When you’re in a great doctor-patient relationship, you just know it. “You feel as if you’re working as a team—you’re partners in your health care,” says Judy Cook, M.D., a longtime patient advocate and the author of To Die or Not to Die: Ten Tricks to Getting Better Medical Care ($18, amazon.com). For your part, you’re honest about your health issues, you show up for appointments on time, and you follow instructions carefully. Your doctor, in turn, sees you promptly and for as long as you need. She speaks and listens to you with respect, diagnoses your illnesses at the first clear sign, and, most important, gets you feeling better as soon as possible. “With a good doctor, you always leave the office feeling that she cares about you,” says Joseph J. Pinzone, M.D., the CEO and medical director of Amai Medical and Wellness Practice, in Santa Monica, California.
So do your experiences with your general practitioner fit this description? If not, you’re not alone. According to a 2011 study by global marketing firm Léger–The Research Intelligence Group and data-analytics software developer SSI, approximately two-thirds of patients worldwide say that they’re dissatisfied with their doctors, whether they are primary-care physicians or specialists. But many stick with them anyway, often because they assume that all physicians will treat them the same way, they’re worried about offending their doctors, or they’re overwhelmed by the idea of finding someone new, says Jenny Giblin, a medical family therapist at Upstate Golisano Children’s Hospital, in Syracuse, New York. And that’s a shame, because a good doctor, one who acts as your advocate, is essential to your well-being. “When you take control of who your doctor is, you take control of your health and you improve your quality of life,” says Giblin. Here, a strategy from experts and physicians for creating a relationship that works.
Step 1: Voicing Your Concerns
What is it about your doctor-patient dynamic that doesn’t feel right? If it’s something immediate and egregious (for example, he prescribed a medication that he forgot you’re allergic to), proceed to step 2. If it’s a common grievance, address it at your next appointment so that he has a chance to make things right. “If I’m doing something wrong, I want to know that,” says Cook. For instance, you might say, “I’m too busy to take a pill three times a day. Could you provide an alternative?” Or “What can I do to be seen on time?” If your doctor seems willing to improve matters, you might decide to stick around. After all, there’s merit in staying with someone who knows your medical history. “A conversation can help you both get over a misunderstanding,” says Cook. In some cases, it can even be the difference between perfunctory care and an outstanding, long-term connection.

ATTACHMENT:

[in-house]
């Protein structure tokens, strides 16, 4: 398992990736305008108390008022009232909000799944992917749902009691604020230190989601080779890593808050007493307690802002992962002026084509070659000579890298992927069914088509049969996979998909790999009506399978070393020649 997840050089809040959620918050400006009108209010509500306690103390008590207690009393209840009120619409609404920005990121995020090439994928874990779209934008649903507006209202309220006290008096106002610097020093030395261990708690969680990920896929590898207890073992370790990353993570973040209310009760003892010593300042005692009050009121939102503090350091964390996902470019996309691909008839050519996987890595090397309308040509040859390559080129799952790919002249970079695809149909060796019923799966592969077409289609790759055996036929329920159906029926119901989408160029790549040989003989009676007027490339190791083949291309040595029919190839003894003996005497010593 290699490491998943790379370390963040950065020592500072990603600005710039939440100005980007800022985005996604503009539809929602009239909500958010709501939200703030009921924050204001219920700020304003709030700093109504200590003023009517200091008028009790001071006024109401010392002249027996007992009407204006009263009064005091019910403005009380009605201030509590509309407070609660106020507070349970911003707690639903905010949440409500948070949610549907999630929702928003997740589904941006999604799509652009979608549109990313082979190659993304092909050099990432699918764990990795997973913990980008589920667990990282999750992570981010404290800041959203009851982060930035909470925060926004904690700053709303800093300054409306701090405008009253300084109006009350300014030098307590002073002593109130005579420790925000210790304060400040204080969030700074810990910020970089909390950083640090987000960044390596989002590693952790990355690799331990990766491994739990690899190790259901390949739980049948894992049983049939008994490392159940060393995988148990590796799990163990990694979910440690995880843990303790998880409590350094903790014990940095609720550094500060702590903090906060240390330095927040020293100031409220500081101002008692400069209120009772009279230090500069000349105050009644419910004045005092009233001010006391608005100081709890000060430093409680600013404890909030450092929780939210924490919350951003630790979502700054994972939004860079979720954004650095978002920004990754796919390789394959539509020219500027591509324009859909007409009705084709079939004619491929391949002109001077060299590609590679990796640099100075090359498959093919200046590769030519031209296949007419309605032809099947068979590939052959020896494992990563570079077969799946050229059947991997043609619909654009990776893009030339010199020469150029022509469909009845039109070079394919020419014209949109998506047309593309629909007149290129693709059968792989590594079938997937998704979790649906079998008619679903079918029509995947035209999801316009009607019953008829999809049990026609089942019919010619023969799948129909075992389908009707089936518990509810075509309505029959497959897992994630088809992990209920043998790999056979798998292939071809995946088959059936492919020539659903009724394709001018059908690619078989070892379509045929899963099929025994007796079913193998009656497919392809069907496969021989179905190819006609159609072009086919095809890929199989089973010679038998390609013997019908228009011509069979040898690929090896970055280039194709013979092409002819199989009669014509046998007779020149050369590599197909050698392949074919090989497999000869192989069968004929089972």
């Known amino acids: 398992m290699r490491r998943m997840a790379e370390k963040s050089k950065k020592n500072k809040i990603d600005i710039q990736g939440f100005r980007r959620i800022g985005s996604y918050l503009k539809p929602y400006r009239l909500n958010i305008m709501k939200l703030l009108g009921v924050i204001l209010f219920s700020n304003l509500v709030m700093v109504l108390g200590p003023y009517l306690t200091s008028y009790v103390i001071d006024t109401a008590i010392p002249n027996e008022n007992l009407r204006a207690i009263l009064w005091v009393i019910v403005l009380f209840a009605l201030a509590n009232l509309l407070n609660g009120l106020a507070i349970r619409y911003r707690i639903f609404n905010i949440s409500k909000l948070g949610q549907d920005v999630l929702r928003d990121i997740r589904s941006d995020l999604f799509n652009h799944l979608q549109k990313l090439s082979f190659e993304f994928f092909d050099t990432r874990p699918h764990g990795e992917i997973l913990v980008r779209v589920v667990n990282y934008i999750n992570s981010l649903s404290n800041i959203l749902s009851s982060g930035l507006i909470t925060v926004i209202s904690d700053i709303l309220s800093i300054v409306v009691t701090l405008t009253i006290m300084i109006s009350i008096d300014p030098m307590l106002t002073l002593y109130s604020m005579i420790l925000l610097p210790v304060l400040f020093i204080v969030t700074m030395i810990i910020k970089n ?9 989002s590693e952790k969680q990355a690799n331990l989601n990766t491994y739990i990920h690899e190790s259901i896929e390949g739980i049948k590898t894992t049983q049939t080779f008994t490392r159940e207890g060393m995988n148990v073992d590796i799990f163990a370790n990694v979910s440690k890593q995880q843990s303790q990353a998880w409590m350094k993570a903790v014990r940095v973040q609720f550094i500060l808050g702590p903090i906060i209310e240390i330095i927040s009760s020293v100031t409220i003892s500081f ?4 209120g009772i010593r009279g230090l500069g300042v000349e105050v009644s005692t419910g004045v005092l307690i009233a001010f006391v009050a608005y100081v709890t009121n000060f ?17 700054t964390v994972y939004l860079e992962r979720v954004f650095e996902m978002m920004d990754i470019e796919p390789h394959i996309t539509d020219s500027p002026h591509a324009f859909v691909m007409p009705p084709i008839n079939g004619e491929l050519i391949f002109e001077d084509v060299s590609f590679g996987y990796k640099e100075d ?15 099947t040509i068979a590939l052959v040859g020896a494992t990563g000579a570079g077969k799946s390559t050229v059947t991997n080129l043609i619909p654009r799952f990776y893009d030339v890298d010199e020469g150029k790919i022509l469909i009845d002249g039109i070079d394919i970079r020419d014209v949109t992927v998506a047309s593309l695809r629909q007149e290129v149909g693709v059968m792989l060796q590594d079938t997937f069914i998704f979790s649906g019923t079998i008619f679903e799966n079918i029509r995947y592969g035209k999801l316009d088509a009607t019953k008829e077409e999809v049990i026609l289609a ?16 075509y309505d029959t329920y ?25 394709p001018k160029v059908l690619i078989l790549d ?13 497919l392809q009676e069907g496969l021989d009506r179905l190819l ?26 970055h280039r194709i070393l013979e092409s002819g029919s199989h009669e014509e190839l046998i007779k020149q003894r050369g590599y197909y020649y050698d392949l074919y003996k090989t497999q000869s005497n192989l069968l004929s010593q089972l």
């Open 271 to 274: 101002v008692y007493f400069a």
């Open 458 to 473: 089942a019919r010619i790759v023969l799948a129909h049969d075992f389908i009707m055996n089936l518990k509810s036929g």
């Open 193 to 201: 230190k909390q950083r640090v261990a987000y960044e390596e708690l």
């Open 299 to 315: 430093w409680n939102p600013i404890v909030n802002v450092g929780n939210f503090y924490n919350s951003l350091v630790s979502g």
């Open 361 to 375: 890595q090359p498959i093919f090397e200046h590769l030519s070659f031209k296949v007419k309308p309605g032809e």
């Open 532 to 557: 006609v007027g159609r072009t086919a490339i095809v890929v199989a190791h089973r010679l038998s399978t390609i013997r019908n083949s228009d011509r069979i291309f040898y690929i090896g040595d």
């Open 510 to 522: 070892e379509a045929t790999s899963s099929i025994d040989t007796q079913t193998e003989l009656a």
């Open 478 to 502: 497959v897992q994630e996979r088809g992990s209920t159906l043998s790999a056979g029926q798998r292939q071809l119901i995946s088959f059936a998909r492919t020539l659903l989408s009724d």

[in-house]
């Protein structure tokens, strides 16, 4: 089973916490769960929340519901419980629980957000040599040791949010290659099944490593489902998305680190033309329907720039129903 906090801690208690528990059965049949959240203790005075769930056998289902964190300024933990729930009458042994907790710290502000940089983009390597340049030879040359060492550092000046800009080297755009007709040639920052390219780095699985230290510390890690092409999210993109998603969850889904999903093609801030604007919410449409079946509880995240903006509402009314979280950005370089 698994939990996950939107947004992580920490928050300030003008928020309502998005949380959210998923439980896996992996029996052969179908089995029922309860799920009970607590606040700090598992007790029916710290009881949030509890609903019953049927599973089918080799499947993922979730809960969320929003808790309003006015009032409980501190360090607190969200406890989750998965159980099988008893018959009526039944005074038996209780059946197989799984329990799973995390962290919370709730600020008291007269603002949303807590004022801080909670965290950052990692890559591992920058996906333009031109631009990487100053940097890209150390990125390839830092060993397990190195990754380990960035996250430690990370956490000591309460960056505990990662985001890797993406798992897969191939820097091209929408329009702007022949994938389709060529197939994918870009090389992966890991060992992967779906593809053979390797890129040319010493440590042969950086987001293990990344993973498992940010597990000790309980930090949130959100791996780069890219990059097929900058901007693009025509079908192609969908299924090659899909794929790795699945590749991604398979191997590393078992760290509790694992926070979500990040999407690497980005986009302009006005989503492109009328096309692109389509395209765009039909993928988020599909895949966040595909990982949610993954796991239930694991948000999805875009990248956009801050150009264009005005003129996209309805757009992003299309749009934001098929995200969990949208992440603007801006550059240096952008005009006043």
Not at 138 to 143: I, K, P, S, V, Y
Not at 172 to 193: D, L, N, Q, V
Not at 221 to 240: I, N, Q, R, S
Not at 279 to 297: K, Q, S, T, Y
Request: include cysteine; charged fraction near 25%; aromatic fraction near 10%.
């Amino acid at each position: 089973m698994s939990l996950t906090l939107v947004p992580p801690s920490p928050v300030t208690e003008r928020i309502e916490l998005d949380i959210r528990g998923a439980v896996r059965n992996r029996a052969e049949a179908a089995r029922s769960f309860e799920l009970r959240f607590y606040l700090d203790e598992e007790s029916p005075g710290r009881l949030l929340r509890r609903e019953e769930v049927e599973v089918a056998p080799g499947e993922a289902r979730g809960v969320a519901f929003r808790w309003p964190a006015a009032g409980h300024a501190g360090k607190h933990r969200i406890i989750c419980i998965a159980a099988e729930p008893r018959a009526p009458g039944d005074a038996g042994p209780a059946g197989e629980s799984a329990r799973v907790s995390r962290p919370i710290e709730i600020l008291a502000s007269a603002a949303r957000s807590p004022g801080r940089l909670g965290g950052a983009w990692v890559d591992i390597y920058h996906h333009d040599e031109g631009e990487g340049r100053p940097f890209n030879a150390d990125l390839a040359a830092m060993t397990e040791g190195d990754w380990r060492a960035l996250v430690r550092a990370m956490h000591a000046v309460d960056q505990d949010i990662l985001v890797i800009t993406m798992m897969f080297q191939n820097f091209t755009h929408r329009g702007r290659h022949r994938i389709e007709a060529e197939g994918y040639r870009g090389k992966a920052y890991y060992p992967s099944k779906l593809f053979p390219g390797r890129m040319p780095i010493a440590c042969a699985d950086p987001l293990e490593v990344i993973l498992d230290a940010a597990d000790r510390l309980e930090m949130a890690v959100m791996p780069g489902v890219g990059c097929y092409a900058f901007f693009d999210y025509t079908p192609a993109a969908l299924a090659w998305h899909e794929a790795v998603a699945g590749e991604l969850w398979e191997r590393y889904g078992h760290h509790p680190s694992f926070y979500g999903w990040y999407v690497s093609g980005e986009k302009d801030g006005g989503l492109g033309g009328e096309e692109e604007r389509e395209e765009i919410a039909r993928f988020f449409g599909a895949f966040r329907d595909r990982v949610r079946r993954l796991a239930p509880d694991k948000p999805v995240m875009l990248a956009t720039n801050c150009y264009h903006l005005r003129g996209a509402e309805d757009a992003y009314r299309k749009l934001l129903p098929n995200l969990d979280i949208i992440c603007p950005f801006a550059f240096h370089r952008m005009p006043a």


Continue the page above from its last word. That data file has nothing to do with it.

Step 2: Ending the Relationship
Not satisfied with how the talk went, or do you simply know that you’re ready to leave? If you have a chronic condition that requires frequent appointments, you might want to skip to step 3 and find a new doctor before leaving the old one. However, if you’re in relatively good health, simply move on. And don’t feel guilty about it: Many general practitioners see close to 100 patients a week, so he might not even notice your absence. Says David G. Borenstein, M.D., a clinical professor of medicine at George Washington University Medical Center, in Washington, D.C., “If I hear that a patient has left, I’m disappointed but not surprised. I usually assume that their insurance changed.” So just call the office and find out the best way to obtain your records (this is your right) or have them transferred to your new physician once you find one.
If you feel that you need to tell your doctor that you’re leaving (for instance, you have a chronic condition or you’ve had a long-term relationship), call the front desk, explain the situation, and ask how the doctor prefers to handle it. He may schedule a phone call or even an in-person chat.